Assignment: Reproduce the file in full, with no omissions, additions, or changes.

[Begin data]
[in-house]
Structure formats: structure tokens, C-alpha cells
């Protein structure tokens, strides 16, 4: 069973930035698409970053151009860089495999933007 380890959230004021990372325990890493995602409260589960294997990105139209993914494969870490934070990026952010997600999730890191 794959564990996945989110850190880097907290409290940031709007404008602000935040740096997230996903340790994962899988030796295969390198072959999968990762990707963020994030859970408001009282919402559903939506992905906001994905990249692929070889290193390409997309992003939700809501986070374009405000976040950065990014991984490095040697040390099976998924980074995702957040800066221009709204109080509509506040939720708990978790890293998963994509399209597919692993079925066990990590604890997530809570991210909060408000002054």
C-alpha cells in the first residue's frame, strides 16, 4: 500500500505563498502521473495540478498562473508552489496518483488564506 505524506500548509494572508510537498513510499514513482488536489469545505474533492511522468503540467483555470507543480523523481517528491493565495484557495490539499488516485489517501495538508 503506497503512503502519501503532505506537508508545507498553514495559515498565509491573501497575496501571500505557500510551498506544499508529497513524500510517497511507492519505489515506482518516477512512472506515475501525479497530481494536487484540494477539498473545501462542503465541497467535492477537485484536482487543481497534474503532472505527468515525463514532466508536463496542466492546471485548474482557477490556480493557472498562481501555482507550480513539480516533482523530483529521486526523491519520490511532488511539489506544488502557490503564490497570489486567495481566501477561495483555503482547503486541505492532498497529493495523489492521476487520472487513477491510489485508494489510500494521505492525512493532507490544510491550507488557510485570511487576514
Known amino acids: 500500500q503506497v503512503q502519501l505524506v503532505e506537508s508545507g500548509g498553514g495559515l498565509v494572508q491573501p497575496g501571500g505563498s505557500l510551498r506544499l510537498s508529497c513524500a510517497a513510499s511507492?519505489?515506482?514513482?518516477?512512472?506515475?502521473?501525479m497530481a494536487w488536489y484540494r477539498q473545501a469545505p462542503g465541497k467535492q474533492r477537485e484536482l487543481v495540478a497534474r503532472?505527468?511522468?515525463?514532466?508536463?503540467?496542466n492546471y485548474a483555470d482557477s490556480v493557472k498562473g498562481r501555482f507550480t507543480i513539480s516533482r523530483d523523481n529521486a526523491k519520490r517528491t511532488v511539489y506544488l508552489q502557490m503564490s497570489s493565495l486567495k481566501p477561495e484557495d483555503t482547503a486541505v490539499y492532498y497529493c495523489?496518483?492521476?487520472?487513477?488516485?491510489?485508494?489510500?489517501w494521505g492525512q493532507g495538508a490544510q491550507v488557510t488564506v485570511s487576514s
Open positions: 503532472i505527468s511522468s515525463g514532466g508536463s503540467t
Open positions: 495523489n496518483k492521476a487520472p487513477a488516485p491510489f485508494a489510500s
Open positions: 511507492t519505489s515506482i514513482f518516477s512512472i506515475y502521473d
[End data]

[in-house]
Structure formats: structure tokens, C-alpha cells
């Protein structure tokens, strides 16, 4: 069973930035698409970053151009860089495999933007 380890959230004021990372325990890493995602409260589960294997990105139209993914494969870490934070990026952010997600999730890191 794959564990996945989110850190880097907290409290940031709007404008602000935040740096997230996903340790994962899988030796295969390198072959999968990762990707963020994030859970408001009282919402559903939506992905906001994905990249692929070889290193390409997309992003939700809501986070374009405000976040950065990014991984490095040697040390099976998924980074995702957040800066221009709204109080509509506040939720708990978790890293998963994509399209597919692993079925066990990590604890997530809570991210909060408000002054």
C-alpha cells in the first residue's frame, strides 16, 4: 500500500505563498502521473495540478498562473508552489496518483488564506 505524506500548509494572508510537498513510499514513482488536489469545505474533492511522468503540467483555470507543480523523481517528491493565495484557495490539499488516485489517501495538508 503506497503512503502519501503532505506537508508545507498553514495559515498565509491573501497575496501571500505557500510551498506544499508529497513524500510517497511507492519505489515506482518516477512512472506515475501525479497530481494536487484540494477539498473545501462542503465541497467535492477537485484536482487543481497534474503532472505527468515525463514532466508536463496542466492546471485548474482557477490556480493557472498562481501555482507550480513539480516533482523530483529521486526523491519520490511532488511539489506544488502557490503564490497570489486567495481566501477561495483555503482547503486541505492532498497529493495523489492521476487520472487513477491510489485508494489510500494521505492525512493532507490544510491550507488557510485570511487576514
Known amino acids: 500500500q503506497v503512503q502519501l505524506v503532505e506537508s508545507g500548509g498553514g495559515l498565509v494572508q491573501p497575496g501571500g505563498s505557500l510551498r506544499l510537498s508529497c513524500a510517497a513510499s511507492?519505489?515506482?514513482?518516477?512512472?506515475?502521473?501525479m497530481a494536487w488536489y484540494r477539498q473545501a469545505p462542503g465541497k467535492q474533492r477537485e484536482l487543481v495540478a497534474r503532472?505527468?511522468?515525463?514532466?508536463?503540467?496542466n492546471y485548474a483555470d482557477s490556480v493557472k498562473g498562481r501555482f507550480t507543480i513539480s516533482r523530483d523523481n529521486a526523491k519520490r517528491t511532488v511539489y506544488l508552489q502557490m503564490s497570489s493565495l486567495k481566501p477561495e484557495d483555503t482547503a486541505v490539499y492532498y497529493c495523489?496518483?492521476?487520472?487513477?488516485?491510489?485508494?489510500?489517501w494521505g492525512q493532507g495538508a490544510q491550507v488557510t488564506v485570511s487576514s
Open positions: 503532472i505527468s511522468s515525463g514532466g508536463s503540467t
Open positions: 495523489n496518483k492521476a487520472p487513477a488516485p491510489f485508494a489510500s
Open positions: 511507492t519505489s515506482i514513482f518516477s512512472i506515475y502521473d